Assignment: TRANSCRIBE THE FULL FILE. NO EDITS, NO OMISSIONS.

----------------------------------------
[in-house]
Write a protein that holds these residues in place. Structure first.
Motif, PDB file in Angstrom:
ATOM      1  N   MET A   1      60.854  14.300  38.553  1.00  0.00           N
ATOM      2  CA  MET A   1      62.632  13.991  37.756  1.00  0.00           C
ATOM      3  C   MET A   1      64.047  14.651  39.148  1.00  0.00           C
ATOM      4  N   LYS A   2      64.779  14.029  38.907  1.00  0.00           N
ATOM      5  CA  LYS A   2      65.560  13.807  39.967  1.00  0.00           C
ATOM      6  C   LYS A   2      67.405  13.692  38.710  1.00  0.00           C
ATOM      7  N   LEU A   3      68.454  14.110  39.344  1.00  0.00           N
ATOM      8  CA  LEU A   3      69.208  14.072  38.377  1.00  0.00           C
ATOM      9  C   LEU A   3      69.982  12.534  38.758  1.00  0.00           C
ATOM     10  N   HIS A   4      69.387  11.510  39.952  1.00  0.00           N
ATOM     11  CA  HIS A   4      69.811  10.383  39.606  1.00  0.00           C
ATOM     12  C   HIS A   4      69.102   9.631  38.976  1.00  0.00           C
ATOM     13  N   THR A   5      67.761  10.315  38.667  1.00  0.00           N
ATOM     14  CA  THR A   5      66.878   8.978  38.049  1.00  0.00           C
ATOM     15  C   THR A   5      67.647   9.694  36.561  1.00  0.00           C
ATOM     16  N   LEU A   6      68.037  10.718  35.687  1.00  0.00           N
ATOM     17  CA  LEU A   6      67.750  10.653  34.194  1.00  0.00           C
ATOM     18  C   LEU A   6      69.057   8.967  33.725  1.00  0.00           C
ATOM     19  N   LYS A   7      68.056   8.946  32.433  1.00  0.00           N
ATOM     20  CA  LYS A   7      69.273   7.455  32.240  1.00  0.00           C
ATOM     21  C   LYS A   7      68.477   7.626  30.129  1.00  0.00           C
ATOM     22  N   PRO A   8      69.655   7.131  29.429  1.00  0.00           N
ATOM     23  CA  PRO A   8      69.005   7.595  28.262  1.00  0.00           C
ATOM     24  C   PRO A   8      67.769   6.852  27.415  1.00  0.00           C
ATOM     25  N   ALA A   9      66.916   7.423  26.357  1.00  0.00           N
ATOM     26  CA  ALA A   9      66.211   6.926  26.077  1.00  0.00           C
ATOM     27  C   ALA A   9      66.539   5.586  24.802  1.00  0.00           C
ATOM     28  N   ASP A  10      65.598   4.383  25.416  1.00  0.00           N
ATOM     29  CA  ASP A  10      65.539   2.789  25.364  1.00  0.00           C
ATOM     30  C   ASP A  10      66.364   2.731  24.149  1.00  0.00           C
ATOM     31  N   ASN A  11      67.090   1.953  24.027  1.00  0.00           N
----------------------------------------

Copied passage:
[in-house]
Write a protein that holds these residues in place. Structure first.
Motif, PDB file in Angstrom:
ATOM      1  N   MET A   1      60.854  14.300  38.553  1.00  0.00           N
ATOM      2  CA  MET A   1      62.632  13.991  37.756  1.00  0.00           C
ATOM      3  C   MET A   1      64.047  14.651  39.148  1.00  0.00           C
ATOM      4  N   LYS A   2      64.779  14.029  38.907  1.00  0.00           N
ATOM      5  CA  LYS A   2      65.560  13.807  39.967  1.00  0.00           C
ATOM      6  C   LYS A   2      67.405  13.692  38.710  1.00  0.00           C
ATOM      7  N   LEU A   3      68.454  14.110  39.344  1.00  0.00           N
ATOM      8  CA  LEU A   3      69.208  14.072  38.377  1.00  0.00           C
ATOM      9  C   LEU A   3      69.982  12.534  38.758  1.00  0.00           C
ATOM     10  N   HIS A   4      69.387  11.510  39.952  1.00  0.00           N
ATOM     11  CA  HIS A   4      69.811  10.383  39.606  1.00  0.00           C
ATOM     12  C   HIS A   4      69.102   9.631  38.976  1.00  0.00           C
ATOM     13  N   THR A   5      67.761  10.315  38.667  1.00  0.00           N
ATOM     14  CA  THR A   5      66.878   8.978  38.049  1.00  0.00           C
ATOM     15  C   THR A   5      67.647   9.694  36.561  1.00  0.00           C
ATOM     16  N   LEU A   6      68.037  10.718  35.687  1.00  0.00           N
ATOM     17  CA  LEU A   6      67.750  10.653  34.194  1.00  0.00           C
ATOM     18  C   LEU A   6      69.057   8.967  33.725  1.00  0.00           C
ATOM     19  N   LYS A   7      68.056   8.946  32.433  1.00  0.00           N
ATOM     20  CA  LYS A   7      69.273   7.455  32.240  1.00  0.00           C
ATOM     21  C   LYS A   7      68.477   7.626  30.129  1.00  0.00           C
ATOM     22  N   PRO A   8      69.655   7.131  29.429  1.00  0.00           N
ATOM     23  CA  PRO A   8      69.005   7.595  28.262  1.00  0.00           C
ATOM     24  C   PRO A   8      67.769   6.852  27.415  1.00  0.00           C
ATOM     25  N   ALA A   9      66.916   7.423  26.357  1.00  0.00           N
ATOM     26  CA  ALA A   9      66.211   6.926  26.077  1.00  0.00           C
ATOM     27  C   ALA A   9      66.539   5.586  24.802  1.00  0.00           C
ATOM     28  N   ASP A  10      65.598   4.383  25.416  1.00  0.00           N
ATOM     29  CA  ASP A  10      65.539   2.789  25.364  1.00  0.00           C
ATOM     30  C   ASP A  10      66.364   2.731  24.149  1.00  0.00           C
ATOM     31  N   ASN A  11      67.090   1.953  24.027  1.00  0.00           N